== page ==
Scott Institute Hosts Inaugural Energy Week, March 14-18
By Leigh Kish / firstname.lastname@example.org
With great power comes great responsibility.
Such is the case with Carnegie Mellon’s Wilton E. Scott Institute for Energy Innovation, home to a powerhouse of energy experts who are working to tackle energy in the 21st century, one of the biggest challenges in the world today.
The 100 experts in the Scott Institute, under the direction of President Emeritus Jared Cohon, are working to create new solutions, new products and new ways of doing things in a variety of areas, to make energy more efficient, affordable and sustainable. These areas include energy storage and distribution, shale gas development, smart buildings and cities, electric energy systems, systems design optimization and technology and policy assessment.
To discuss its work and the energy industry, the Scott Institute is hosting its first Energy Week, March 14-18 in the Cohon University Center. CMU researchers and energy leaders will share their work and engage in discussions to swap ideas and perspectives through roundtables on energy entrepreneurship and innovation, industry energy efficiency, southwest Pennsylvania’s energy workforce, and energy education and research. Participants will include industry and business professionals, policymakers, entrepreneurs, foundation leaders and students, as well as the general public.
“In the Pittsburgh area, energy is often assumed by outsiders to be limited to coal and shale gas. In reality, there are all sorts of exciting things going on in energy regionally, and I don’t think even the Pittsburgh public is aware of the diversity of activity within an hour’s drive of the city, including innovative work coming out of CMU,” said Deborah Stine, associate director of the Scott Institute.
“While some other universities have hosted similar weeklong forums, the CMU iteration is different in that it isn’t based on a panel discussion model between researchers. We are combining research, tech, policy, student competitions and even the arts for what we hope will be a lively event,” Stine said.
Each day has a theme, so participants can select what topics are most interesting to them. Themes include research, innovation, education policy, and the Pittsburgh region’s energy workforce, industry, and business activities.
The energy policy-minded will want to consider attending Policy Day on Tuesday. Presidential candidate surrogates and Pennsylvania candidates for the U.S. Senate will be discussing energy policy and their positions on energy issues. The day concludes with a Deliberative Democracy discussion on a realistic energy mix for Pennsylvania.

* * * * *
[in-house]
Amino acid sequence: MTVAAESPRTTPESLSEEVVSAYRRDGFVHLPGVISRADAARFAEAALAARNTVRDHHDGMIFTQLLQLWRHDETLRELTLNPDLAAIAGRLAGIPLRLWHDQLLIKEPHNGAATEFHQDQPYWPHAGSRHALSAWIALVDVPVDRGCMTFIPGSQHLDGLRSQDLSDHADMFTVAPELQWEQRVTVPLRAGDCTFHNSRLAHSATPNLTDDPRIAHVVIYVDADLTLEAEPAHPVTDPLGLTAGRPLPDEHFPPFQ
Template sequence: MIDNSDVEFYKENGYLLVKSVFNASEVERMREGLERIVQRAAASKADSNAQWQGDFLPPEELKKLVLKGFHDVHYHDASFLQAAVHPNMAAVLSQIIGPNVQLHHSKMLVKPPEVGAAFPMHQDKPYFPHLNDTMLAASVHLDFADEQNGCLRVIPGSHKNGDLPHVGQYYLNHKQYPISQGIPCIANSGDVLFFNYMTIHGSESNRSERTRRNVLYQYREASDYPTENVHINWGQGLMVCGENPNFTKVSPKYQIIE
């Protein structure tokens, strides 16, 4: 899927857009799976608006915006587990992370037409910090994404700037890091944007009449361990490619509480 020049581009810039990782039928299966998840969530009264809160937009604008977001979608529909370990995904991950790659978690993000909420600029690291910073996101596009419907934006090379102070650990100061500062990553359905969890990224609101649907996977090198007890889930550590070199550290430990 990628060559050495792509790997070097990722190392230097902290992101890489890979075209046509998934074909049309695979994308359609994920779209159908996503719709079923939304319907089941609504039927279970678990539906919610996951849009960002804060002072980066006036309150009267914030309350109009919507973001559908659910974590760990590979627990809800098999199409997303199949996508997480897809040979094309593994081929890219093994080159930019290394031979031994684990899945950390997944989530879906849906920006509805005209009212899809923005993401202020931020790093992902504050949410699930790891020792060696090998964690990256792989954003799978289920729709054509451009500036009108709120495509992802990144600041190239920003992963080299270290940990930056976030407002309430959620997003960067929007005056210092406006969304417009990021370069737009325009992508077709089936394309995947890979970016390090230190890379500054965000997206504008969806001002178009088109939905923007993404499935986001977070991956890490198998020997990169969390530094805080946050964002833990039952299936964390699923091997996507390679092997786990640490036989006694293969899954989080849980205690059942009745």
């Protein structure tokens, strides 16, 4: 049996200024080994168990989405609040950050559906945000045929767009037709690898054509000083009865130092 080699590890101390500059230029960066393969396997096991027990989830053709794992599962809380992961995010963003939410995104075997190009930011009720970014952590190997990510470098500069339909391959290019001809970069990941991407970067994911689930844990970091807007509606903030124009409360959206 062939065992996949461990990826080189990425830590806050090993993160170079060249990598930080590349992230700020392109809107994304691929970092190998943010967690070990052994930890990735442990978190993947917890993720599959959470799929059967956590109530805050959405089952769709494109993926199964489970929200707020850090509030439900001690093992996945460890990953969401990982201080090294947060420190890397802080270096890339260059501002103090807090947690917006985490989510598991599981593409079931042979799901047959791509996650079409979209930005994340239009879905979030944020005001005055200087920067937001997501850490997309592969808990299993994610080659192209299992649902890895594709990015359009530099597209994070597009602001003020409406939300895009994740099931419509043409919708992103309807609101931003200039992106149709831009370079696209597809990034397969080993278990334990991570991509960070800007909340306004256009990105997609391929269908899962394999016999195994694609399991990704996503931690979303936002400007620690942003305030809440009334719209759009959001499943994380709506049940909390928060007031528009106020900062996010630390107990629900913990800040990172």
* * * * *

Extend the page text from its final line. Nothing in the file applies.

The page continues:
Five CMU student competitions, including energy-focused research posters, policy films, dramatic monologues, an energy technology challenge and an energy innovation jam, are scheduled throughout the week. A sixth competition, the Allegheny Region Cleantech University Prize, sponsored by the Department of Energy with a $50,000 prize, is open to college students in Pennsylvania, Ohio, Maryland and West Virginia. Competitors range from undergraduate to Ph.D. students, with the potential to win cash prizes.
Friday is a day of field trips to regional power producers, utility companies, energy-related nonprofits and green buildings. More than 10 choices are available for participants to select from.
“Field trip day is a good opportunity to see energy activities that you may have only heard about on TV or video,” Stine said. “Seeing a wind turbine in action, for example, can help you understand so much more than a picture or a calculation.”
In the lineup of keynote presentations is Bunker Roy, founder and director of Barefoot College, TED speaker and one of Time magazine’s 100 most influential people of 2010.
Barefoot College trains impoverished, rural poor and many illiterate women to construct and operate technologies in their communities. For example, women trained in India as solar engineers returned to their villages in sub-Saharan Africa and used their newfound skills to install solar panels and provide electricity to homes, something that many believed to be out of reach.
Other highlights include Deputy Secretary Elizabeth Sherwood-Randall from the U.S. Department of Energy; Pittsburgh Mayor Bill Peduto; visits to CMU’s energy research labs and centers; and an Energy Tech Expo, in which students will have the opportunity to network with industry professionals.
CMU students (and those from any institution), faculty and staff may register for free. Lunch is not included, but can be purchased for an additional fee during registration.
ENERGY WEEK LINEUPMonday — Research Day
- Keynote Speaker, Grace Bochenek, Director, National Energy Technology Laboratory, 1:30-2 p.m.
- “Andy” Talks — 20-minute TED Talk-style presentations of innovative research, 2:30-5 p.m.
- Energy Policy Forum with U.S. Presidential Candidate Surrogates, 9:45-11:45 a.m.
- Fireside Chats with U.S. Senate Pennsylvania Candidates, 1:45-3:30 p.m.
- What Should be Pennsylvania’s Electricity Mix Now and in the Future? Deliberative Democracy Event, 6:30-8:30 p.m.
- Energy Innovation and Entrepreneurship Roundtable, 9-11:45 a.m.
- Visits to CMU’s energy research labs and centers, including General Motors-CMU Connected Autonomous Collaborate Research Lab and the Solar Fuels Lab, 1:15-3:15 p.m.
- Allegheny CleanTech Collegiate University Prize Competition Presentations and Awards ceremony, 3-5:50 p.m. (final rounds)
- Energy Tech Expo featuring regional energy-related industries and businesses, 10 a.m.-noon and
- Keynote Presentation by Bunker Roy, founder and director, and Meagan Fallone, CEO, of Barefoot College, 4:45-5:45 p.m.
- More than 10 choices for a morning field trip, including visits to Shale Gas sites, green buildings in the city and utility companies, 9:15 a.m.-1:30 p.m.
- Southwestern Pennsylvania Energy Workforce Roundtable, 1:30-4:30 p.m.